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Topics: immune health, cardiovascular health, smart supplementation, musculoskeletal health

Krill Oil versus Fish Oil Infographic

Posted by Daniel Sanelli, M.Sc. on Aug 18, 2014 6:00:00 AM

Supplement of the week: Designs for Health XanthOmega Krill Oil

Quick Overview

XanthOmega™ Krill Oil provides a generous 12 mg per serving of the powerful antioxidant astaxanthin to help achieve optimum benefits from this potent carotenoid. It would take eight conventional krill softgels to equal the astaxanthin levels in just one XanthOmega™ softgel! 

XanthOmega™ Krill Oil has a high phospholipid content, standardized to a minimum of 40% phospholipids, mostly as phosphatidylcholine. This updated version is considered to be a virgin krill oil -the purest form available. It contains higher phospholipid bioavailability, which enhances the absorption of the powerful antioxidant astaxanthin. Many studies suggest that this exceptionally high level of astaxanthin offers an array of benefits, which may include powerful antioxidant properties, cardiovascular health, sports performance, eye support, skin health, anti-inflammatory and gastric health support.
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Topics: brain health, cardiovascular health, smart supplementation, macronutrients

Supplement of the Week: Designs for Health OmegAvail Synergy

Posted by Daniel Sanelli, M.Sc. on Jul 16, 2014 3:00:00 PM

Quick Overview

This unique omega 3-6-7-9 formula contains a blend of wild deep-sea sourced fish oils containing the omega-3 fats (EPA/DHA) in the TruTG™ form, the most important omega-6 fat (GLA from borage oil), the omega-7 fat palmitoleic acid and omega-9 fat oleic acid from certified virgin organic macadamia nut oil. EPA helps keep GLA metabolism in an anti-inflammatory mode. In addition, docosahexaenoic acid (DHA) plays as many important roles in human health as EPA, along with promoting brain wellness.
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Topics: cardiovascular health, smart supplementation, macronutrients

The Health Benefits Of Pastured Eggs

Posted by Daniel Sanelli, M.Sc. on Aug 31, 2011 6:17:00 AM

No nutrient rich food I can think of has been given a worse reputation than chicken eggs. Well, maybe raw milk is getting the boot now, but eggs are right there with them. The poor chicken egg has been blamed for high cholesterol, high fat and bacterial poisoning. But this stigma is rightfully and hopefully disappearing while the truth about eggs prevails.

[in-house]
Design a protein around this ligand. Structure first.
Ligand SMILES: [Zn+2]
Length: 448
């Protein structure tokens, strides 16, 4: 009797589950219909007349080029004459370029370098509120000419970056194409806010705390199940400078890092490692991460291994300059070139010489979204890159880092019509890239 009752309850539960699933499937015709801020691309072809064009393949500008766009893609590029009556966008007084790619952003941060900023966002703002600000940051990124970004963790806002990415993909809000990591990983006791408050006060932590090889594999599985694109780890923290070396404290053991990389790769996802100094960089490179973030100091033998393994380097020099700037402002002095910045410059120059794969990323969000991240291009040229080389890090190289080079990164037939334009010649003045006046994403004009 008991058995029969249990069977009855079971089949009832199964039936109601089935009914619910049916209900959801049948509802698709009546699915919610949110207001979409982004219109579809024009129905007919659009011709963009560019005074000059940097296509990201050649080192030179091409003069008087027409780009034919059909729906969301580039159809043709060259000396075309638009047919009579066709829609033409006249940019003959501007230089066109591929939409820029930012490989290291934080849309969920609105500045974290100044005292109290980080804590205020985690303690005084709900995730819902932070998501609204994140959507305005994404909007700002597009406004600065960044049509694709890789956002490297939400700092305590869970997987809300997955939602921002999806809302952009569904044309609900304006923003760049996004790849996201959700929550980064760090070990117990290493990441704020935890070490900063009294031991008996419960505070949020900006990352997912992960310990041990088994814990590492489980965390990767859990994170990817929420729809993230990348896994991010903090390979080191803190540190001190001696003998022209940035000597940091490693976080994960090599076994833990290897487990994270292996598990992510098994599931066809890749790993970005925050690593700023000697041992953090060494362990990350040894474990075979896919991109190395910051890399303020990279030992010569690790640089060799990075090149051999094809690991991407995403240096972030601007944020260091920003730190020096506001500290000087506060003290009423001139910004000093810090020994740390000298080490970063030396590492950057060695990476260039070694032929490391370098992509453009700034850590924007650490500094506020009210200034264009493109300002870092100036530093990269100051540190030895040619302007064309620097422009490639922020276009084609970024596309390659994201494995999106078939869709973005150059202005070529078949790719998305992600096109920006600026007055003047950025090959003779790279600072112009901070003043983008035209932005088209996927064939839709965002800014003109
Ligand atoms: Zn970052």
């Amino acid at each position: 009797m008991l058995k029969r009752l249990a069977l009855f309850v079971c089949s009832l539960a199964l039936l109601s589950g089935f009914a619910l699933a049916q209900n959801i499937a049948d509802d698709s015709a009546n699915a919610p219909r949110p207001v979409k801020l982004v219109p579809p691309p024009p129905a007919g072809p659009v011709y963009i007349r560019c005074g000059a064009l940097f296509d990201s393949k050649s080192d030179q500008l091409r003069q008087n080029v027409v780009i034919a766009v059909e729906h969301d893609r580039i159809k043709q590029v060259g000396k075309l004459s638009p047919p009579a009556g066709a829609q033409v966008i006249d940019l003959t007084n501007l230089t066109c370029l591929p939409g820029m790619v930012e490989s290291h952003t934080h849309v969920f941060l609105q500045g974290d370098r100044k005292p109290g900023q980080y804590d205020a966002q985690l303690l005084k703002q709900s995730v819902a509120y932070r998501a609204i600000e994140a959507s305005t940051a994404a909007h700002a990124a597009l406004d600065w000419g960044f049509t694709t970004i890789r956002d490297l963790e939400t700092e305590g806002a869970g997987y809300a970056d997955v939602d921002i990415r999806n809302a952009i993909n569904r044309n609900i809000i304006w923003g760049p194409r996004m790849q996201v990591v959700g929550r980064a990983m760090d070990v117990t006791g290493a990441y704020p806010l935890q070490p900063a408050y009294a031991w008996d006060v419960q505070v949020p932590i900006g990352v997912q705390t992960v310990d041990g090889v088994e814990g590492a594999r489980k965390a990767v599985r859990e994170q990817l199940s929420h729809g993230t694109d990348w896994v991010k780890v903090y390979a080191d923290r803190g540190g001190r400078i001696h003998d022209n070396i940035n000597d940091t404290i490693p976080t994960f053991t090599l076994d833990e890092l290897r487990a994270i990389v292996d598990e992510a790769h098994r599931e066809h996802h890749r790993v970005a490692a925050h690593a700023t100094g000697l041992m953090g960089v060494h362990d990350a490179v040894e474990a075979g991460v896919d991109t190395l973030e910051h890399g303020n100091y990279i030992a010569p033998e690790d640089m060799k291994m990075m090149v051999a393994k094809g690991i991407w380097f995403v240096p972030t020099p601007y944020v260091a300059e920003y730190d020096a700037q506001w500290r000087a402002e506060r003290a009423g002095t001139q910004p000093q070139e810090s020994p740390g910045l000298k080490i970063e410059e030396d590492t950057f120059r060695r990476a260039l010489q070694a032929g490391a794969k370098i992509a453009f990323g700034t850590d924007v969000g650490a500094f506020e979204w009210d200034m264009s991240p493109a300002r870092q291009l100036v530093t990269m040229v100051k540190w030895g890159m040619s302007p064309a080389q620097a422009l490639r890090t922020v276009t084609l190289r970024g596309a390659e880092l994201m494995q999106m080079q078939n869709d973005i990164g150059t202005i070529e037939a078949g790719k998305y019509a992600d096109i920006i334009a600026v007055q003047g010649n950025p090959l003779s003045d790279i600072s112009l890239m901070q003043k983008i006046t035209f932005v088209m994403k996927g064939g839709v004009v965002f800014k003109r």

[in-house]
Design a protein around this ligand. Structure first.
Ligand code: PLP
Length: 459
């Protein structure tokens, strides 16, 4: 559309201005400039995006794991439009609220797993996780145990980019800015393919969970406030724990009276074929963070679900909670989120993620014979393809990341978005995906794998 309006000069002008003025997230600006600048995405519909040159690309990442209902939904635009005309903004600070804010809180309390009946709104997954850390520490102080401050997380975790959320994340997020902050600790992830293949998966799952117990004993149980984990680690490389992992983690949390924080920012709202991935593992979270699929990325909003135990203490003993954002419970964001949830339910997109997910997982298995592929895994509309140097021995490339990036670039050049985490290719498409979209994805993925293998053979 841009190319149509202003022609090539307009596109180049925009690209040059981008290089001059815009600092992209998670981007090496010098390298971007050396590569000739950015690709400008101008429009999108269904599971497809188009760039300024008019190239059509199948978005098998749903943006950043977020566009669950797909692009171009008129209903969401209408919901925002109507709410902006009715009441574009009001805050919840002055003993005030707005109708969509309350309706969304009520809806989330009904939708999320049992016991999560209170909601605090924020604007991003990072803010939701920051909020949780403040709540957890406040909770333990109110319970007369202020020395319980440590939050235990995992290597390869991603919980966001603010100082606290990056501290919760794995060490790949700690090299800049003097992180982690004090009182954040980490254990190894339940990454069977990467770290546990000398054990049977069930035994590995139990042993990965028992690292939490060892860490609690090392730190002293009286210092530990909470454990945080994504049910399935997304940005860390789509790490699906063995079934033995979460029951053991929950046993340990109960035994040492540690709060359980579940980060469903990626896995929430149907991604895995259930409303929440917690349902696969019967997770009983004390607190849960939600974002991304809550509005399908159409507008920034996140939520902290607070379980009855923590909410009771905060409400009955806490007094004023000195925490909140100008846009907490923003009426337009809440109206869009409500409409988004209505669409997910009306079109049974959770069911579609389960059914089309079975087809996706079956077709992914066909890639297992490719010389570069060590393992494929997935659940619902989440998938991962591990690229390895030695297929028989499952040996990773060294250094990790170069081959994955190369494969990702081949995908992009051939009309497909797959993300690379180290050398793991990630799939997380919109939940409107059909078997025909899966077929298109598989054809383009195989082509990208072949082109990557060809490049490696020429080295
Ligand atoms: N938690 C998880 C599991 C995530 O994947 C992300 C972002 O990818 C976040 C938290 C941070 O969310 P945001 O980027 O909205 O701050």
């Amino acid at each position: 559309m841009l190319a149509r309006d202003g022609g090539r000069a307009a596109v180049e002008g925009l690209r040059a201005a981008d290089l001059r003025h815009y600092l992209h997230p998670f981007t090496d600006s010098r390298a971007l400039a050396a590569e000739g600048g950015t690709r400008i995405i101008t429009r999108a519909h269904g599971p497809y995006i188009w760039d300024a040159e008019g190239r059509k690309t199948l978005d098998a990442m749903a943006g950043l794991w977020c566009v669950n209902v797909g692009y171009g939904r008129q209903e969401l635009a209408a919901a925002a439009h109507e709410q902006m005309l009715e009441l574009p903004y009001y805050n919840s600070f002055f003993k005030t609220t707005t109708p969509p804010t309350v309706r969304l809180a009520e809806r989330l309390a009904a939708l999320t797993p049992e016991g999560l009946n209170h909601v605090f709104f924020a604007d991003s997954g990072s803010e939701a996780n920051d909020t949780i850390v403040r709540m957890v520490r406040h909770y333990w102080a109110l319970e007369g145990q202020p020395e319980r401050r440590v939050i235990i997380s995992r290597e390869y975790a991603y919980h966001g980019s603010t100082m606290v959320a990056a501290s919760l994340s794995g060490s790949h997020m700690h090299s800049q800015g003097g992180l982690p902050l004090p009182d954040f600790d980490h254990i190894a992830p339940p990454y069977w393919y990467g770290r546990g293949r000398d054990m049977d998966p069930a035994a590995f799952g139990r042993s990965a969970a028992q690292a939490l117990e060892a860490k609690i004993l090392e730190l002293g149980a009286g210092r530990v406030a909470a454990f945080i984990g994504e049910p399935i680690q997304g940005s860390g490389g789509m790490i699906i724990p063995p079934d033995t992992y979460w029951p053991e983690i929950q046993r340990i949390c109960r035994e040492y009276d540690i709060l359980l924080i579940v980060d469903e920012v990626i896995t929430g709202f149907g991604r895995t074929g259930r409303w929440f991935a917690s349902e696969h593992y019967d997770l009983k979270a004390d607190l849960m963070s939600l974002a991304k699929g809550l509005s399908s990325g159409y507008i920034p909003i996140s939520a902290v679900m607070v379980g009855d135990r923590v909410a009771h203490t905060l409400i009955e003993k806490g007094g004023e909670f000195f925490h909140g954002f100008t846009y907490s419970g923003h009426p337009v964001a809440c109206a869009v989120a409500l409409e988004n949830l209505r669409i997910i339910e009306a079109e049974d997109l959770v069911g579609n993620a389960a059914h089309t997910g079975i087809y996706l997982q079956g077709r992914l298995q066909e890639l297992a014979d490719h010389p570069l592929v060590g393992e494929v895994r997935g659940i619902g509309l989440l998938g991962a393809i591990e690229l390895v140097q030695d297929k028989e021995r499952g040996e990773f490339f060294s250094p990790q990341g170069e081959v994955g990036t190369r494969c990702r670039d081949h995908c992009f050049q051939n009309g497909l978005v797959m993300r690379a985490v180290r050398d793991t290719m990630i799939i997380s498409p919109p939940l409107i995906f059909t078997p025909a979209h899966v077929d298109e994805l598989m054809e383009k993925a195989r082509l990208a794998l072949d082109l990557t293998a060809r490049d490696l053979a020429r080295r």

Eggs are a storehouse of nutrients all contained in a built-in protective package. Unless you've chosen a vegan/vegetarian approach to food, I highly recommend incorporating eggs into healthy diet. But not just any eggs, as you will see below, but the highest quality eggs you can find. And let me explain why.

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Topics: macronutrients, whole foods, brain health, cardiovascular health, diet direction

Finding Your Optimal Nutritional Needs

Posted by Daniel Sanelli, M.Sc. on Aug 26, 2011 6:00:00 AM

As humans we share many commonalities, starting with our genetic code found tangled up in our DNA. It is common for us to try to prescribe practical measures towards things like health and nutrition that we try to apply to everyone. However, the concept of biochemical individuality has taught us that in spite of our many similarities, each one of use has a uniqueness that deserves a less general approach to our health and well being. We each are biochemically unique and have unique health requirements.

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Topics: whole foods, holistic health, genetics, cardiovascular health, lifestyle

How To Treat Coronary Artery Disease, Pt 2

Posted by Daniel Sanelli, M.Sc. on Jul 29, 2011 6:00:00 AM

This is Part 2 of a two part series on Cardiovascular Disease, specifically Coronary Artery Disease.  Click HERE to read Part 1 of this series.

Treatment Options and Lifestyle Changes

Biomedical Approach

Typical treatments include invasive interventions like percutaneous transluminal coronary angioplasty, coronary artery bypass grafting, and other surgeries. These treatments attempt to alleviate symptoms. Drugs are used to lower three risk factors: LDL Cholesterol, blood pressure and platelet function. These may include aspirin, beta blockers, angiotensin-converting enzyme inhibitors and lipid-lowering agents (statins). Patients are urged to quit smoking as a secondary prevention measure (Rakel, 2007, p. 301-303).

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Topics: anti-aging, degenerative disease, cardiovascular health

Signs Of Nutritional Imbalance Evident In Blood Chemistry Analysis

Posted by Daniel Sanelli, M.Sc. on May 18, 2011 6:00:00 AM

As we continue our series on Functional Blood Chemistry Analysis, I wanted to point out what sorts of recommendations may result after a careful evaluation of blood tests. Note also the signs of nutritional imbalance that should alert one to pursue health assessment and testing with a trained practitioner.

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Topics: cardiovascular health